Since the Do It London HIV prevention program began in 2015, new transmissions of HIV among men who have sex with men (MSM) have fallen sharply. What is happening? Alex Hopkins speaks to Paul Steinberg, Lead Commissioner, of this flagship campaign.

What is Do It London?

Do It London is a HIV prevention campaign which targets all Londoners. Born in May 2015, there have been several different phases of the campaign. At various times these have focussed on testing and condoms. But since 2017, Do it London has promoted a  combination of method to prevent HIV: testing, condoms, Prep and achieving an undetectable HIV status

Do It London spends a quarter of its budget advertising on the city’s transport network. It also specifically targets gay and bisexual men through digital and social marketing, including adverts on gay apps and porn sites. 

What impact has the campaign had on HIV rates?

“Since the campaign began in 2015, we’ve started to see a significant reduction in HIV transmission,” says Steinberg. “And all evidence suggests that Do it London has been a major player in reducing transmissions.

“Back in 2014 and 2015, we were talking about there yet again being the highest new number of HIV infections among MSM in history. From 2008 onwards new transmissions of HIV among this group continued to climb year on year.”

However, the latest figures, published by Public Health England, tell a different story. The estimated annual number of new infections acquired by gay, bisexual and other men who have sex with men in the UK has more than halved from a peak of around 2,700 in in 2012 to 1,200 in 2017.

Moreover, there has been a continuation of the decline in new HIV diagnoses among MSM. In London these have declined by some 44%: from 1,415 in 2015 to 798 in 2017. 

Do It London promo video from Lambeth Council.

The importance of HIV testing

“I frequently get asked whether HIV transmissions have fallen because less people are testing,” says Steinberg. “But the answer to that is no. More people are taking HIV tests, so it’s good news all round in the sense that gay men are testing more often and more frequently. And among these we’re seeing far fewer HIV positive diagnoses.”

What is the role of Prep in the fall in HIV transmissions?

A number of prominent Prep activists are quick to claim that this fall in HIV transmissions is largely down to the increased use of Prep.

“The interesting thing about Public Health England’s November 2018 report is that it says it’s too early to tell what role Prep has played in reducing HIV transmission among MSM,” says Steinberg. “Infections started to reduce before Prep became available either privately purchased online or in the trials - or indeed in the new trail currently available on the NHS. Has the role of Prep been overplayed? Only time will tell, I think.”

But, Steinberg explains, what most experts are saying is that the reduction in HIV transmissions among MSM is predominantly a combination of more people getting tested more often and getting on treatment earlier.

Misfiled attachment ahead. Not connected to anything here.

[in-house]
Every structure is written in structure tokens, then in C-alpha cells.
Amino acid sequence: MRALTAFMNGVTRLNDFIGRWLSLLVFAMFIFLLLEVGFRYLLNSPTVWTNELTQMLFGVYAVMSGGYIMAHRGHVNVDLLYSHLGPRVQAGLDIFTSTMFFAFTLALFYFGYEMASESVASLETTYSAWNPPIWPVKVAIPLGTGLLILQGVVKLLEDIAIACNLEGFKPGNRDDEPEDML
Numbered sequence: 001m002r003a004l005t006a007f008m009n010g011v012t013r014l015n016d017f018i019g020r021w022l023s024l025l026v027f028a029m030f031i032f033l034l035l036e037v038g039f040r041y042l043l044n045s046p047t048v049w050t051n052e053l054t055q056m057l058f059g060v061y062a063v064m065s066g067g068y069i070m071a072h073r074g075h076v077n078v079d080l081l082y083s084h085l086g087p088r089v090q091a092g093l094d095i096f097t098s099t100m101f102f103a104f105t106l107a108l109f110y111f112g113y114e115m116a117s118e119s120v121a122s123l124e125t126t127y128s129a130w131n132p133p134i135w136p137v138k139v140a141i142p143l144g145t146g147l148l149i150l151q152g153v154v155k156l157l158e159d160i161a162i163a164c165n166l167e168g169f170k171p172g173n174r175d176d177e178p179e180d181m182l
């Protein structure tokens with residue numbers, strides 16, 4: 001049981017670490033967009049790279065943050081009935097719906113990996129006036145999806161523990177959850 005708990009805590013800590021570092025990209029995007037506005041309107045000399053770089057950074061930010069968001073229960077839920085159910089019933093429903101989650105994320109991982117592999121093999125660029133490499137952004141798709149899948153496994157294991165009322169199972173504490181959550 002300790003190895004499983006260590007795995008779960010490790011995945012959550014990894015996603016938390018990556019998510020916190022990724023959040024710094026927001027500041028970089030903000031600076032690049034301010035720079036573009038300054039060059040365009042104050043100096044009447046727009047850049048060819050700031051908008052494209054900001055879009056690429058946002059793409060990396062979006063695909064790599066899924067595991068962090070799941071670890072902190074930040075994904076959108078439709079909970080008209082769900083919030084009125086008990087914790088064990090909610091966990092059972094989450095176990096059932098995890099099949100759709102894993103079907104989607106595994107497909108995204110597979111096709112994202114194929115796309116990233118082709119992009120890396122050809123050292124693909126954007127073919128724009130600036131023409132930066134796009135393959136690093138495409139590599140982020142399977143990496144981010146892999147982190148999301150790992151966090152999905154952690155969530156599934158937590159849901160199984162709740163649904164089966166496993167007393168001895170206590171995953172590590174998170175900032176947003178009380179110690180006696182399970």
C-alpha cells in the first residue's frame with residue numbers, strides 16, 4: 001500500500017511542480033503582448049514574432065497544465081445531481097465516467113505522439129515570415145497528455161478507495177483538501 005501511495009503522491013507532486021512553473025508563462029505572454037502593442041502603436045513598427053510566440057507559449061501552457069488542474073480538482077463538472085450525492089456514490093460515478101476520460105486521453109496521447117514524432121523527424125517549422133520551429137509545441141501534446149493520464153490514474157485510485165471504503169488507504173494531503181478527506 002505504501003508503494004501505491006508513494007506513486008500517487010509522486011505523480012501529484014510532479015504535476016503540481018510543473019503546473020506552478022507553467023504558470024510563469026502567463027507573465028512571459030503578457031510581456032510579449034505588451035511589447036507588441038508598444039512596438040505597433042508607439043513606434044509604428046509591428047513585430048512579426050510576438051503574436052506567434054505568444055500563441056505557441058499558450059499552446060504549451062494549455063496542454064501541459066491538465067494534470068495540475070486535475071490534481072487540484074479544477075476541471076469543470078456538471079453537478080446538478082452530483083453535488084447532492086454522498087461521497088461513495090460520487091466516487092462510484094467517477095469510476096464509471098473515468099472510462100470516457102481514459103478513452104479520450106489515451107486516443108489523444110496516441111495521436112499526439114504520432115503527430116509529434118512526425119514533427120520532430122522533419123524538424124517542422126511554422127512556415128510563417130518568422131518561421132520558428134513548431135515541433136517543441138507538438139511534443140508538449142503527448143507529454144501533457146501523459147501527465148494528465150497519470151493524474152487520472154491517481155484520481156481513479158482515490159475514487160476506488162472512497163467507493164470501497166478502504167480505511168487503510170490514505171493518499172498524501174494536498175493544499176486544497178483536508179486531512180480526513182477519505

“In 2012 the average time between getting tested positive and starting treatment was 100 or 120 days. But in 2015 or 2016, you’d be on treatment within 30 days. What this does is reduce the community viral. It takes out about 60 or 70 days during which you could potentially be passing on HIV to other people.”

Testing for HIV is, therefore, the “absolute gateway” for prevention, stresses Steinberg. “You need to test negative to take Prep. You need to test positive to become undetectable. You need to continually test to maintain those statuses. Testing if you’re not using condoms is a risk reduction method. Testing when you’re using condoms is good practice.”

Condom fatigue among gay men

Are gay men sick of using condoms? While condom use has declined since the 1980s and 1990s, evidence shows that it’s still higher among gay men than in the general population. According to Steinberg, the Do It London campaign dispenses 1.2 million condoms a year. 

“Every time I think I’m going to see in a report that we’ve under-delivered on condoms, I don’t. So unless there are hundreds of thousands of condoms up in people’s attics, we have to assume they’re being used. So yes, condom fatigue is something we have to be aware of, but I’m not sure it’s as widespread as some people might suggest.”

The Do It Now message on HIV prevention: a combination method

“It’s important to ascribe the reduction in HIV transmissions to good interventions,” says concludes Steinberg. “What we’ve always tried to say is that we’ve promoted combination methods, which include Prep.

“We’ve faced criticism from some Prep activists for promoting a combination method. But what’s unhelpful is to say is that HIV rates have fallen because of only one method. Different things work for different people. But what’s interesting is that people opt for this bizarre binary choice: either Prep good or Prep bad. What we’re trying to do with this campaign is to say there’s some element of truth in all of these things."

"Our goal is to empower gay men to understand the benefits and risks - and to make their choices informed. It’s ultimately about treating people as adults.”

Find out more info about Do It London via their website: 

What methods have you used to prevent HIV? Tell us what has worked for you by commenting below.

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